Identification is fairly straightforward, being e.g. more lightly built and less pied than Sooty Tern, and considerably darker and browner-backed than Grey-backed Tern S. lunata (with a more contrasting and paler hind-collar than either). The bird was found during the passage of Typhoon Ewiniar, an exceptionally early typhoon that also took an exceptional course, moving northwestwards from the Philippines Sea, up through the Japanese Nansei Shoto, to the West/Yellow Sea, and then north-east across the Korean peninsula into the East Sea (Sea of Japan). The Korean name for the species (in Korea the 'new' name is decided by the finder), becomes "Ewiniar Jebi-galmegi" (Ewiniar Tern).
This is the first record of Bridled Tern for Korea, and the species has been added to Category 1 of the Birds Korea checklist.
Images copyright of Kang Hee-Man, and used with permission (thanks to Mr. Jang Yong Chang. For many more excellent bird images and bird news from Jeju, please go to: http://www.birdsinjeju.com)
Danyang, July 11
A remarkable inland record from Dave Baker of a juvenile Sooty Tern which was "dropped onto the Danyang (Chungcheongbuk-Do) Middle School soccer field by the recent typhoon. Found July 11."
This is perhaps the fifth record and follows a dead individual found on Jeju on June 15th: prior records known to Birds Korea are limited to singles in August 1992 (Busan), August 2000 (Gunsan) and August 2002 (ca 90 km north west and inland of Busan).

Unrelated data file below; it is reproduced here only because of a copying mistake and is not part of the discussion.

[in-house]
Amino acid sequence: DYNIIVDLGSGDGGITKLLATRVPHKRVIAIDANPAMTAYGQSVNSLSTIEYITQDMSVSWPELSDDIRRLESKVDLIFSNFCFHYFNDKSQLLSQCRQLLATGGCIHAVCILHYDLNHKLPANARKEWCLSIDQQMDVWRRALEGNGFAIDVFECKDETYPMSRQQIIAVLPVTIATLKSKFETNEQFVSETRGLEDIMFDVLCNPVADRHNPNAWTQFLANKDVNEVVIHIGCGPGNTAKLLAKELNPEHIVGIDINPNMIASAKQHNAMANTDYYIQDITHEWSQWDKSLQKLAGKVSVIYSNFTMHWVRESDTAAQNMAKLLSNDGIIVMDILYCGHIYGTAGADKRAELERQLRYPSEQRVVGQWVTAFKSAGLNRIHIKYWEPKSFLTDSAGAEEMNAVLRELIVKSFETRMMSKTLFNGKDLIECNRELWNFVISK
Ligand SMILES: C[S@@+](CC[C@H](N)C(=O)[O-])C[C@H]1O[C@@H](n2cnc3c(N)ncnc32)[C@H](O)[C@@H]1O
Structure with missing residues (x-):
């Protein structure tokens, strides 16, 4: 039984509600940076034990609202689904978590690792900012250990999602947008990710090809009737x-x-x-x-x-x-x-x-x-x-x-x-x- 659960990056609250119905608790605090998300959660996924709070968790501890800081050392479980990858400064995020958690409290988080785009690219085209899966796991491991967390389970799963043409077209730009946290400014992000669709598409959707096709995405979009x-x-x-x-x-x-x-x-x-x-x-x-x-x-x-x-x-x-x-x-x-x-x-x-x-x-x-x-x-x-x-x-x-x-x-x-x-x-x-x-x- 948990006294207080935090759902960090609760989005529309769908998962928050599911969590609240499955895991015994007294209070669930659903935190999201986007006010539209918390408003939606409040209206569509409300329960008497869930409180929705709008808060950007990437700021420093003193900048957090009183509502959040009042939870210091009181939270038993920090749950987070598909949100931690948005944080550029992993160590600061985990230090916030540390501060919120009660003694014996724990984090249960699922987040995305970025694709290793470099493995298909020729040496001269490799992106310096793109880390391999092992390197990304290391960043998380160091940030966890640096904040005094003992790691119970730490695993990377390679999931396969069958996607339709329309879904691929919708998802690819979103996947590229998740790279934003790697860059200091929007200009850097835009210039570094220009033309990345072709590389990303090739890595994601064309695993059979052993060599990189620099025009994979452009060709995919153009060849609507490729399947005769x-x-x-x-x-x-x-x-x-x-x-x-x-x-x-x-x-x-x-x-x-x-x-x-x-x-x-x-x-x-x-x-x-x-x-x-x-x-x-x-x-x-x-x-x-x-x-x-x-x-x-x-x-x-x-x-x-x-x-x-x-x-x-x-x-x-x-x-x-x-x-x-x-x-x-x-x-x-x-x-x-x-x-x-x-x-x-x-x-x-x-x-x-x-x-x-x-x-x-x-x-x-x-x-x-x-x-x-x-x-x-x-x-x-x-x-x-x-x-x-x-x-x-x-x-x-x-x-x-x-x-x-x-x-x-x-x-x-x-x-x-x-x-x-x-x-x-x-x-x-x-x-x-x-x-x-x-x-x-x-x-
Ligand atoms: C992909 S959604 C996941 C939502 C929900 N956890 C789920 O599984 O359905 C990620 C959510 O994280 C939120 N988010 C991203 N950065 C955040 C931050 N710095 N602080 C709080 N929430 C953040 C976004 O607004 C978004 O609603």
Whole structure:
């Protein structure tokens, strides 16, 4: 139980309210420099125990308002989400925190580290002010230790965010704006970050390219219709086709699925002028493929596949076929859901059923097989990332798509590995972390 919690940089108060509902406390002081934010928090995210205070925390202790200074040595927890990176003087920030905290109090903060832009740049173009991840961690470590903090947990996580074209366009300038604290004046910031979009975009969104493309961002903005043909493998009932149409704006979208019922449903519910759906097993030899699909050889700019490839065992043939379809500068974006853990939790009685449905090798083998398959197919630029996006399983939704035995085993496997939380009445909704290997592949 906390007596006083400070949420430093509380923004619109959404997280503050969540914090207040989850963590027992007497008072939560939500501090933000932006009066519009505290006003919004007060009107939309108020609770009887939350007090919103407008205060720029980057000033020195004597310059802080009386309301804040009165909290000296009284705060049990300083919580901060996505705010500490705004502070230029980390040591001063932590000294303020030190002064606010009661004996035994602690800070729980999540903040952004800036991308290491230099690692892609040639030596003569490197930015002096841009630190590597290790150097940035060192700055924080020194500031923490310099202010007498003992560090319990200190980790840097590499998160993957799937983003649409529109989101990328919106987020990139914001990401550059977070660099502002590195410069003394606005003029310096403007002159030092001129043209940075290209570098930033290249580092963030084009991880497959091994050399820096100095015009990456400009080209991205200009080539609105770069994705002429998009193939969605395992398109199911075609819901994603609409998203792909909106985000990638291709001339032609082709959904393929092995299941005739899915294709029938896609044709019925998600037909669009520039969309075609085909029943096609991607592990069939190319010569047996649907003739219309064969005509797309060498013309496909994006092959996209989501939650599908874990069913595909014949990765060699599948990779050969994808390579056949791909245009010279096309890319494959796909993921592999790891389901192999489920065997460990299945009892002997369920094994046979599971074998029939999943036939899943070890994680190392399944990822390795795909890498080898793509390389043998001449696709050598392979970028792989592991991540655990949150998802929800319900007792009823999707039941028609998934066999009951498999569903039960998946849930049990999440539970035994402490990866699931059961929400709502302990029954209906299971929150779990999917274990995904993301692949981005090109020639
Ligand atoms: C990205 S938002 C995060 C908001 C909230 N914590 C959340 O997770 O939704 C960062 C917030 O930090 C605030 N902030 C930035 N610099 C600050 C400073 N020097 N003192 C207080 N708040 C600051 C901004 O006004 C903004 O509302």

Seoul, July 8
A White's Thrush and 1 Indian Cuckoo (heard) were at Namhansanseong. The reedy canal at Seongnae held typical summer birds: a Northern Hobby, 2 Black-naped Orioles, singing Oriental Reed Warblers, Barn Swallows, Ring-necked Pheasants and creches of Mallards & Spot-billed Ducks, (led by a watchful mother who ordered them into cover in the reeds as I approached.) The Han river was deserted, save for 1 Common Sandpiper.
Busan, July 7
A Light-vented Bulbul was observed in Busan on July 7th (Yu Dae-Ho): this is the first record of the species on the Korean mainland. (For details of the first Korean record in 2002 go to Light-vented Bulbul).
Seosan, July 1
Heavy rain inhibited the birding, however we had good views of the summering Oriental White Stork (thanks to directions from Nial Moores). A pair of flying Yellow Bitterns were likewise a welcome sight, also 2 Wood Sandpipers, a Great Crested Grebe , Little Terns, abundant Black-crowned Night Herons and 2 "Eastern" Oystercatcher at the barrage. Rain seemed to bring many Oriental Reed Warblers boldly into the open.